SAMSUNG PUSHES ENVELOPE ON HANDSET FORM FACTOR, NOT TO MENTION ENHANCED
(PCS Week; 04/07/99)
Apr. 07, 1999 (PCS WEEK, Vol. 10, No. 14 via COMTEX) -- Mobile handsets in
sleek, compact form factors have been described as "wearable" for some time,
and now "wrist-worn" models- first developed by Japanese manufacturers but
never offered for sale- may be poised to become the next big wireless hit.
Samsung Electronics Co. Ltd. has announced that its CDMA-based "watch phone" is
scheduled to go on the South Korean market in April.
The SPH-WP10 model, one of several new additions to the manufacturer's
product line, features an ear microphone as well as several technological
innovations that may turn up in competitors' handset offerings in the years to
come: a tiny fixed antenna, a miniature duplexer and a baseband analog
processor chip that's about as small as they come. The combination phone and
digital watch isn't really all that small on the wrist-it measures 67
millimeters (mm) by 58 mm by 20 mm-but weighs just 50 grams with a battery
To hear Samsung tell it, the SPH-WP10 isn't sacrificing much on the
functionality side despite its size. It will offer voice- activated dialing, a
phone directory and a vibration alert, with talk and standby times coming in at
90 minutes and 60 hours, respectively.
...A New Definition Of Dual-Mode
Samsung expects the SPH-WP10 to be a hit with younger wireless users.
However, the watch phone's novelty may tend to overshadow the rollout of its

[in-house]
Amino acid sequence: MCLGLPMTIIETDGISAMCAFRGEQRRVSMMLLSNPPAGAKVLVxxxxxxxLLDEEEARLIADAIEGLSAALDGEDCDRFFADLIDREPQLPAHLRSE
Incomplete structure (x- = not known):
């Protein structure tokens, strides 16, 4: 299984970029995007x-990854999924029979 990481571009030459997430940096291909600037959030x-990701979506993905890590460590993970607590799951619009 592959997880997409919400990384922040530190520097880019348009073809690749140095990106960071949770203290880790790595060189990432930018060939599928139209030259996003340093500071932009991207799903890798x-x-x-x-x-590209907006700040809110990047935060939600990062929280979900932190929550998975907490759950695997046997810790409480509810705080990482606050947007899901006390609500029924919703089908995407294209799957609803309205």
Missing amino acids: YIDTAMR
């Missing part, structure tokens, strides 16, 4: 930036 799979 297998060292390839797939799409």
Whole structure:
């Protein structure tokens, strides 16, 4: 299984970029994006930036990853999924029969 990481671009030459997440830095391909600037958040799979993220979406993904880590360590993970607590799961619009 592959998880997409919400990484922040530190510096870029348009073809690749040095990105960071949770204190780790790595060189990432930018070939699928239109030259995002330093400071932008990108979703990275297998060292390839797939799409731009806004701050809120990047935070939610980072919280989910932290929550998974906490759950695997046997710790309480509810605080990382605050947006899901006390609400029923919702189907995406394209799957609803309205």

new touch-screen handset designed to combine the functions of mobile phones and
personal digital assistants. Samsung billed this offering, also due on the
market in April, as an "Internet phone" and said it expects to sell 1 million
units in Korea and internationally this year.
Developed at a cost of $4.4 million, Samsung's Internet phone packs
technology licensed from Unwired Planet Inc. and Tegic Communications,
providing Web access and intuitive text messaging capabilities. Another key
feature is a very generous amount of internal memory for specialized
applications running on the 30 mm by 70 mm touchscreen. In this case, the
phone shows its cultural roots with a few included features that would probably
not make it into a future North American release. In addition to an 80,000-
word English- Korean dictionary and 50,000-word Korean-English dictionary, the
phone offers an extensive library of scriptural texts and liturgical music for
either Christian or Buddhist worship, making it in all probability the world's
first dual-faith handset.
The handset also offers storage for up to 2,000 addresses, a 12- month
personal calendar, and as many as 100 memos at a time. Finally, there is a
built-in engineering calculator that can handle trigonometry, exponential
equations and statistical functions.
...Samsung Aiming At Strategies For "Nearly Saturated" Market
The watch phone and Internet phone represent the first products to emerge
from Samsung's market segmentation strategy, designed to respond to what it
called "nearly saturated" conditions in the Korean wireless handset market.
These conditions demand "new marketing approaches" to gain additional domestic
market share, Samsung said.
In larger terms, the new mobile devices are part and parcel of Samsung's
marketing thrust to move closer to the top echelon of handset manufacturers-
Nokia Corp. [NOK/A], Motorola Inc. [MOT], L.M. Ericsson AB [ERICY] and
Panasonic, the brand name for models produced by Matsushita Communication
Industrial Co. Ltd. Samsung, which started up CDMA handset production in
Brazil earlier this month with the aim of turning out 400,000 units a year for
the Latin American market, said it sold 7.4 million wireless handsets last
year, translating into a 3.7 percent share of the global market.